said he rose to move a reduction of the Vote for the purpose of directing the attention of the Secretary of State for Foreign Affairs to certain judicial and punitive methods which prevailed in the British concessions in China generally, and notably in the settlement of Hankow. These methods, he might at once say, were of a class which had recently received severe condemnation from high authority. They were methods which they had heard in this House the Government regarded with stern disapproval. The facts which he proposed to lay before the Committee, the evidence upon which they were based, and the statistics in reference to them, were not derived from sensational newspaper reports, or based upon mere vague rumour. They were taken from official information and statistics supplied from British official sources. He would divide the subject under two heads; first, flogging with bamboos, and secondly, torture with the cangue. Those were two forms of punishment inflicted upon Chinamen accused of offences against British subjects, and the extent to which they prevailed was very considerable. The cases were not to be counted singly, or by dozens or scores, but by hundreds. He had lately studied the report issued by the superintendent of police at Hankow, a report which had been made to the municipality of Hankow, and he found that in the year 1903, in the mixed Court at Hankow, 907 Chinamen were sentenced to be flogged with the bamboo and eighty-seven to be tortured with the cangue. In 1904, according to the same report, 585 Chinamen were sentenced by the same authority to be flogged with the bamboo and 101 to be tortured with the cangue and in 1905, 514 Chinamen were sentenced to be flogged with the bamboo and seventy-six to be tortured with the cangue. This flogging with the bamboo was by no means a mild penalty. As inflicted by the mixed Courts at Hankow it was a very severe punishment, and there were cases on record to which he would presently refer where a prisoner had been sentenced to no less than 1,000 blows with the bamboo. The Committee no doubt knew the character of the punishment by the bamboo, but perhaps he might be permitted to say a word as to the form of torture administered with the cangue. The cangue was a wooden collar or portable pillory which the offenders were condemed to carry on their shoulders, for a period ranging from a few days to three months. It was a square wooden collar weighing from twenty to sixty pounds, with a round hole in it for the neck, and it measured from three to four feet across. The convict sentenced to wear this cangue was unable to reach his mouth or to lie down, and he could not even defend himself from insects, and he was, during the time he carried it about, entirely dependent on the good offices of his friends. Men and women were chained together in these cangues, and they were permitted to wander at large through the streets of Hankow, publicly exhibiting the punishment to which they had been sentenced, a punishment which it would at once be seen involved both mental and physical torture. The Chinamen subjected to this barbarous punishment were taken into custody by the police of the municipality of the British community. They were tried in what were called the mixed Courts, held in the Court of the British Consul. The prisoners were tried by a Chinese magistrate, sitting with a British Consular officer as assessor; the latter was described in the proceedings as the British assessor, and he was there to watch the proceedings on behalf of the British police, who were the prosecutors. It might be said that the British assessor could not control the Court or the sentence. He thought that was open to question, because by the agreement of Chefoo in 1876 it was expressly provided that— If the officer so attending is dissatisfied with the proceedings, it will be in his power to protest against them in detail. Therefore it was not an unfair assumption that the right to protest against these proceedings included the right to protest against the sentence in which those proceedings culminated. It might be said that the punishment and the torture would be inflicted whether the assessor assented to it or not, but it was very much open to doubt whether the dissent of these British assessors from barbarous punishments would be altogether disregarded. It was not at all likely that such sentences would cease to be inflicted so long as the British officials tacitly sanctioned them by their presence in. the Courts in which they were passed. So long as these assessors were officially present at the trials they could not claim that they were free from responsibility, and he submitted that their responsibility was directly proportionate to their power. What was their power? They were under no compulsion to be accessories before the fact to the flogging and ill-usage of Chinamen in our concessions in China. Even if it was not deemed advisable to interfere with these established Chinese customs we could at least instruct our consular officials to refrain from being parties to the infliction of punishments which were repugnant to the public sentiment of this country. In Shanghai he believed the punishment by the bamboo had lately been abolished, but so far as he could learn, torture by the cangue was still in force, and in order that the Committee might form some idea of the way in which these punishments were inflicted, he would read a very brief report from theNorth China Herald. It was a report of the proceedings in the mixed Court of Shanghai. The proceedings took place before Mr. King, the Chinese magistrate, and Mr. Twyman, the British assessor who sat with him. Inspector Wilson mentioned the case of a prisoner who was convicted in April last for burglary, and sentenced to five years imprisonment and 1,000 blows—500 to be administered at the beginning of the term, and 500 after the expiration of six months. The prisoner received the first 500 blows, and afterwards became sick, but he was now certified as well enough to receive the remaining blows, and Inspector Wilson asked how the abolition of bambooing would affect this case. There would shortly be before the court a similar case of a prisoner who is sentenced to receive a second instalment of 500 blows, but in this case the man is also undergoing imprisonment for life, and the court will therefore have some difficulty in finding a punishment in substitution for the blows. He ventured to submit to the Committee that we need not shrink from incurring the resentment of the Chinese if we refused to be any longer parties to these brutal punishments and revolting tortures. If we even exercised pressure in this direction, we should be making better and more honourable use of our power than when we used it for the purposes of gain by forcing the opium trade upon the Chinese people in spite of the protests of their Government and the public opinion of the nation. He did not see how the Government could very well refuse to deal with this question, or, at any rate, to take such steps as were necessary to prevent British consular agents from becoming parties to the infliction of these punishments and tortures. The Government and its more enlightened supporters disapproved of flogging, and upon that point they had had the most emphatic assurances. If the Government disapproved of flogging, then a fortiori they could not approve of torture by the cangue. They could not defend these practices, and therefore they could not consistently refuse to use what power they possessed to put an end to them. Surely they could instruct their Consuls to refrain from sitting as assessors in the Courts where these barborous punishments were inflicted. That was a point which he asked the right hon. Gentleman the Secretary of State for Foreign Affiairs to consider. He wished to know whether it would not be possible and indeed whether it would not be proper that the Foreign Office should give instructions to their Consuls to refrain from sitting as assessors in the Courts where such barbarities as he had described were inflicted. He sincerely hoped that the right hon. Gentleman would see his way to take that course, and he was encouraged in that hope by a very pregnant sentence in a speech which the Secretary of State for Foreign Affairs delivered on March 14th last. If he was correctly reported in Hansard, the right hon. Gentleman said on that occasion— I think the only right and dignified position for the Imperial Government is to lay down once and for all that the Imperial diplomatic machinery will not be allowed to be used over any part of the Empire for an improper purpose."† He realised that that sentence was limited by the phrase, " over any part of the Empire." In his opinion the Empire might be said to include His Majesty's Consular Courts in whatever part of the world they might be situated, and if the right hon. Gentleman was of the same mind to-day as he was in March last, then he ought to use his authority to insure that the Imperial diplomatic machinery should not be allowed to be used in any British Court, or in any Court where the † See (4) Debates, cliii., 1291. British consular official was sitting for purposes which he and the Government did not approve of, or for the infliction of punishment and penalties which were repugnant to the British sense of humanity. He begged to move.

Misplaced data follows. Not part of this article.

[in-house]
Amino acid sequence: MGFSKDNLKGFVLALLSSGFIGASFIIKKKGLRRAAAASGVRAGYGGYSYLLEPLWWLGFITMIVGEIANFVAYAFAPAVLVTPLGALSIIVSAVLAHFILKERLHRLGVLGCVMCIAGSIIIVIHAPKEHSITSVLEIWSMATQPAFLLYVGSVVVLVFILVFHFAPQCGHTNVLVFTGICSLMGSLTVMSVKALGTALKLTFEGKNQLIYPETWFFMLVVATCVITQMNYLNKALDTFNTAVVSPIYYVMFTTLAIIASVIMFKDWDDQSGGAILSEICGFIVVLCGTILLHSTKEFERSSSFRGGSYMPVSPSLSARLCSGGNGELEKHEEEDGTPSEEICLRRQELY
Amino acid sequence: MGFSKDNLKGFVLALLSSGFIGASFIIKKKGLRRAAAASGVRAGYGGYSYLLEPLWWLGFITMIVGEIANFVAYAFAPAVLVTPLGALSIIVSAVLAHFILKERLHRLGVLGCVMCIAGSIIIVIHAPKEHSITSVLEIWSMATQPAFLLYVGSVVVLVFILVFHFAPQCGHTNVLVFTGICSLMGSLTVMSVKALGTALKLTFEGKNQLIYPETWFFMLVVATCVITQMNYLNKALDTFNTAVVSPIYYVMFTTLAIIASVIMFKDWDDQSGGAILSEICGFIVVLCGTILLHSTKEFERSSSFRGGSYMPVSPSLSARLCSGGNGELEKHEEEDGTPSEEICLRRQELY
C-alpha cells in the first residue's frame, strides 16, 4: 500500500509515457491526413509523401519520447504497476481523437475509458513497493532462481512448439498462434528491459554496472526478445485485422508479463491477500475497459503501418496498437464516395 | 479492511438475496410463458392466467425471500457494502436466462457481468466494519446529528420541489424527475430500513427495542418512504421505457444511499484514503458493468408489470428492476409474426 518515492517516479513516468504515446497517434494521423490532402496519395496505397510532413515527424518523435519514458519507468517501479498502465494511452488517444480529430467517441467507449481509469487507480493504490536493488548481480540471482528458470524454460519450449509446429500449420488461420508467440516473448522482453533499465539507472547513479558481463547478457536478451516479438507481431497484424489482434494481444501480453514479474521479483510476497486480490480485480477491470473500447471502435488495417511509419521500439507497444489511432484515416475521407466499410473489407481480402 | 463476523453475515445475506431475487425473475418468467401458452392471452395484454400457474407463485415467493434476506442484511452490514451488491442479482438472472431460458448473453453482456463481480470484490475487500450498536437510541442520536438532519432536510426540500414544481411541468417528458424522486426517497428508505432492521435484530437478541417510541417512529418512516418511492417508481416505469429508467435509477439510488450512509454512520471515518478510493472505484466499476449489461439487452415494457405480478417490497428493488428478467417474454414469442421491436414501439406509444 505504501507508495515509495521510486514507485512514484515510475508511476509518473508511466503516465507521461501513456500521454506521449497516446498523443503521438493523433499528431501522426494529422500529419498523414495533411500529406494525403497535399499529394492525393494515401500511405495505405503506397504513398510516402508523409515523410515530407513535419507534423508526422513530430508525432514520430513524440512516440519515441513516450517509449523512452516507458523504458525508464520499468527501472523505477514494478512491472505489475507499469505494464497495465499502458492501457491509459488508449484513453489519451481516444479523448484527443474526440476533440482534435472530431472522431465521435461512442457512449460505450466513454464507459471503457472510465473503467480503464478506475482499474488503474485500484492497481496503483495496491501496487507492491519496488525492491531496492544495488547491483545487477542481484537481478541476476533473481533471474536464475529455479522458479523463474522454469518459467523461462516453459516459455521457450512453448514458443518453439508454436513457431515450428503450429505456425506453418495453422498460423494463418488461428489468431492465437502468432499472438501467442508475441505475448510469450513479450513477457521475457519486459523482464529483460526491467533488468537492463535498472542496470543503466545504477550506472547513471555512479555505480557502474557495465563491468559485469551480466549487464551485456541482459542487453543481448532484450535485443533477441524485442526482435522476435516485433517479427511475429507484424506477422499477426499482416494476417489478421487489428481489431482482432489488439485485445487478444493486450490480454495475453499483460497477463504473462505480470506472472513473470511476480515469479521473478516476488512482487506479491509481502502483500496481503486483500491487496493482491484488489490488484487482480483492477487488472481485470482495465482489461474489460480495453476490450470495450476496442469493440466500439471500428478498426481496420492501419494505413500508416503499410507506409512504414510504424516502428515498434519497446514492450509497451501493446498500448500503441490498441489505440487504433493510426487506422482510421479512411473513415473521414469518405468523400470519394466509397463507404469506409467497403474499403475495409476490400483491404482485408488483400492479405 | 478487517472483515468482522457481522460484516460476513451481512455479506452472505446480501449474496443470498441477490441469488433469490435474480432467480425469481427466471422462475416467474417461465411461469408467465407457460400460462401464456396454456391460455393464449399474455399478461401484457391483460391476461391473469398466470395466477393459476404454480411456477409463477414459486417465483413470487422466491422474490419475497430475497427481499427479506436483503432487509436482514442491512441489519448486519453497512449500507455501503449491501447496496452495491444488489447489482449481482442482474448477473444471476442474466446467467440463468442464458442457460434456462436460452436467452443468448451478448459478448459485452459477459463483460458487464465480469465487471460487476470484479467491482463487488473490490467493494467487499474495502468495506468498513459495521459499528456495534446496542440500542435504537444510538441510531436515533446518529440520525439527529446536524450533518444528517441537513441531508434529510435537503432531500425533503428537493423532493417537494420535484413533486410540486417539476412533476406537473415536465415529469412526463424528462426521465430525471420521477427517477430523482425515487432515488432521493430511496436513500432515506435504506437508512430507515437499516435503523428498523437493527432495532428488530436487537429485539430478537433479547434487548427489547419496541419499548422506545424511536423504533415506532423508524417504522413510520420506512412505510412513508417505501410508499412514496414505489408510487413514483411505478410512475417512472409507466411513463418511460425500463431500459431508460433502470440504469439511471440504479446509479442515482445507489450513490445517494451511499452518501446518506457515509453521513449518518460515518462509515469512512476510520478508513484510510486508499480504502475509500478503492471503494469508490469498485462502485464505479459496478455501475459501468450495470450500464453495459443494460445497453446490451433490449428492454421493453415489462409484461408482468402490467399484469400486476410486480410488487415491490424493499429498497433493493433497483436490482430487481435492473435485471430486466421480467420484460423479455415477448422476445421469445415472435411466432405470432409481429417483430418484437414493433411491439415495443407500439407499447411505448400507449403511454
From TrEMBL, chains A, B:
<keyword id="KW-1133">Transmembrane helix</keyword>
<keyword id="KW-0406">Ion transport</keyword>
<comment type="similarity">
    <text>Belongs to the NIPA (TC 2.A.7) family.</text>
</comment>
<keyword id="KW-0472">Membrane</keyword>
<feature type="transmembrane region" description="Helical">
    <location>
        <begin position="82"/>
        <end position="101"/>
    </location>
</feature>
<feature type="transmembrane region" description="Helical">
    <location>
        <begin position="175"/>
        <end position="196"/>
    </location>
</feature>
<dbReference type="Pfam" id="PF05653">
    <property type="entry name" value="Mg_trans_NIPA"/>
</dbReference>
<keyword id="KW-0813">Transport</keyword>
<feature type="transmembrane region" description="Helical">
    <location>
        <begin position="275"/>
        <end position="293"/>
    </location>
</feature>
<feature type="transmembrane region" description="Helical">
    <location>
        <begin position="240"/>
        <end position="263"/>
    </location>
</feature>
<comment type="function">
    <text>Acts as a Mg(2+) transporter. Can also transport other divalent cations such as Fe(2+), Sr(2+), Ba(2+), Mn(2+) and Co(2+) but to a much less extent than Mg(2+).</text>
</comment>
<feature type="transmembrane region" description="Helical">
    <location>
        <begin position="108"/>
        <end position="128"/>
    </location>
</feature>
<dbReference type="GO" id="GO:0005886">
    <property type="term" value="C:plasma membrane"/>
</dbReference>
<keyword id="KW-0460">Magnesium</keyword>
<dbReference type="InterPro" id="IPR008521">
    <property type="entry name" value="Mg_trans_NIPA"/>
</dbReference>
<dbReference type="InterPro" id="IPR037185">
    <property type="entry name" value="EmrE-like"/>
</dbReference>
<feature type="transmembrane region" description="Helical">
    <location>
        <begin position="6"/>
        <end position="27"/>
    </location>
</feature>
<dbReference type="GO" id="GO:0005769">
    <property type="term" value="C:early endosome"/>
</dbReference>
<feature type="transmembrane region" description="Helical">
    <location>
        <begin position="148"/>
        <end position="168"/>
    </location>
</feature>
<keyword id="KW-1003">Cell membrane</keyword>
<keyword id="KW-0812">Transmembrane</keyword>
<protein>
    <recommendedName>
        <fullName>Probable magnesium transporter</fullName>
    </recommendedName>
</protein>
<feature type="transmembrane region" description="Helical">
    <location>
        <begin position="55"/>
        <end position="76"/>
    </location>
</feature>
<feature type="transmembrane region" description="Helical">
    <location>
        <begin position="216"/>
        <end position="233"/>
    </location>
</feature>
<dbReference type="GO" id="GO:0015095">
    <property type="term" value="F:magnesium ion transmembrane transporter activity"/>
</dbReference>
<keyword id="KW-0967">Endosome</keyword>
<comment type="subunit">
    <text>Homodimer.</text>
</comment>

Motion made, and Question proposed, " That Item A (Salaries, Wages, and Allowances) be reduced by £100."— (Mr. H. H. Marks.)